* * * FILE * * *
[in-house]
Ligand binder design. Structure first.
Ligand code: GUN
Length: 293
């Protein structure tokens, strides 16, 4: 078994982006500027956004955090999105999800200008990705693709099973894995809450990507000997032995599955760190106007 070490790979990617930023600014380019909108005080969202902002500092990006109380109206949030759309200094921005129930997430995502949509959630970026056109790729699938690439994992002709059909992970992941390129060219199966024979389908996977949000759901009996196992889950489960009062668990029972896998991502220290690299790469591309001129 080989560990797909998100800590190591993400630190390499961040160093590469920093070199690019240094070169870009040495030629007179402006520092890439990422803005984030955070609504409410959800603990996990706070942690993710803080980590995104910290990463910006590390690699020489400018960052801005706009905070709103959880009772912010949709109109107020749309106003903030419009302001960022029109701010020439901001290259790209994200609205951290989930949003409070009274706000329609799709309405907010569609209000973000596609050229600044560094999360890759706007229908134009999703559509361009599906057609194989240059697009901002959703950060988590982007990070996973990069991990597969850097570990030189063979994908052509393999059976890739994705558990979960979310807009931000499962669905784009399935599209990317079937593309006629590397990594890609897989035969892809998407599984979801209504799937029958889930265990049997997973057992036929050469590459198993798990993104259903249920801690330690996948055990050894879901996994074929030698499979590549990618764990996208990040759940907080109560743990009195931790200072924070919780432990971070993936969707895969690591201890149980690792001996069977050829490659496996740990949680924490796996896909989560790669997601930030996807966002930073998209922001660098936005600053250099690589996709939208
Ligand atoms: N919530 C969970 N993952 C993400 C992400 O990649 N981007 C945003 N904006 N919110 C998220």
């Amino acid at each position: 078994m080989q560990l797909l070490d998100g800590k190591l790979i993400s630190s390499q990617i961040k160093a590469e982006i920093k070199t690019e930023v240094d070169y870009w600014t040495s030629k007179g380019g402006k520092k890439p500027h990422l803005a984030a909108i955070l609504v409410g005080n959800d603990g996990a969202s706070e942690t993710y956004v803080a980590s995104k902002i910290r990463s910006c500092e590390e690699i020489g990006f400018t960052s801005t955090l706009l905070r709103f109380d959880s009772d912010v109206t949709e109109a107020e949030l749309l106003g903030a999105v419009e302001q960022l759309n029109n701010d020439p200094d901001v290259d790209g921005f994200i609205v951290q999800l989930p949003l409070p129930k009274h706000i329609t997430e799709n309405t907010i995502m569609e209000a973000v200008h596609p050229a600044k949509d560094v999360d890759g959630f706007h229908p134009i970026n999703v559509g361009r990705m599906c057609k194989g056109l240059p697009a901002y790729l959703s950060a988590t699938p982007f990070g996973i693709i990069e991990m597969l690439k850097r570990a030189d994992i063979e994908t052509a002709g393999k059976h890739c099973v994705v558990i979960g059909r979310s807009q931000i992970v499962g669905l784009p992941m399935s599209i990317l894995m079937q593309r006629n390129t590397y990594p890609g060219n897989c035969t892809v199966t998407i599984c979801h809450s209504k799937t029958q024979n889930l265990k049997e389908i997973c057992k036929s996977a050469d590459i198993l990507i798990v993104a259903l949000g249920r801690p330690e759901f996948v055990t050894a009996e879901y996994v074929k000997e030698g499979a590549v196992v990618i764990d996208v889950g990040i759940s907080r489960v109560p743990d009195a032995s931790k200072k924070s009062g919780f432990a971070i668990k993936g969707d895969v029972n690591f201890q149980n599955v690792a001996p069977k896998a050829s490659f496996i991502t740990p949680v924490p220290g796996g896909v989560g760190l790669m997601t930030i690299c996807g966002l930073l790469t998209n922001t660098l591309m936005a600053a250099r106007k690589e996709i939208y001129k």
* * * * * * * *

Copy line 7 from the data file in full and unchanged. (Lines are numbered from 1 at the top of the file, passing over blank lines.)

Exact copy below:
């Amino acid at each position: 078994m080989q560990l797909l070490d998100g800590k190591l790979i993400s630190s390499q990617i961040k160093a590469e982006i920093k070199t690019e930023v240094d070169y870009w600014t040495s030629k007179g380019g402006k520092k890439p500027h990422l803005a984030a909108i955070l609504v409410g005080n959800d603990g996990a969202s706070e942690t993710y956004v803080a980590s995104k902002i910290r990463s910006c500092e590390e690699i020489g990006f400018t960052s801005t955090l706009l905070r709103f109380d959880s009772d912010v109206t949709e109109a107020e949030l749309l106003g903030a999105v419009e302001q960022l759309n029109n701010d020439p200094d901001v290259d790209g921005f994200i609205v951290q999800l989930p949003l409070p129930k009274h706000i329609t997430e799709n309405t907010i995502m569609e209000a973000v200008h596609p050229a600044k949509d560094v999360d890759g959630f706007h229908p134009i970026n999703v559509g361009r990705m599906c057609k194989g056109l240059p697009a901002y790729l959703s950060a988590t699938p982007f990070g996973i693709i990069e991990m597969l690439k850097r570990a030189d994992i063979e994908t052509a002709g393999k059976h890739c099973v994705v558990i979960g059909r979310s807009q931000i992970v499962g669905l784009p992941m399935s599209i990317l894995m079937q593309r006629n390129t590397y990594p890609g060219n897989c035969t892809v199966t998407i599984c979801h809450s209504k799937t029958q024979n889930l265990k049997e389908i997973c057992k036929s996977a050469d590459i198993l990507i798990v993104a259903l949000g249920r801690p330690e759901f996948v055990t050894a009996e879901y996994v074929k000997e030698g499979a590549v196992v990618i764990d996208v889950g990040i759940s907080r489960v109560p743990d009195a032995s931790k200072k924070s009062g919780f432990a971070i668990k993936g969707d895969v029972n690591f201890q149980n599955v690792a001996p069977k896998a050829s490659f496996i991502t740990p949680v924490p220290g796996g896909v989560g760190l790669m997601t930030i690299c996807g966002l930073l790469t998209n922001t660098l591309m936005a600053a250099r106007k690589e996709i939208y001129k």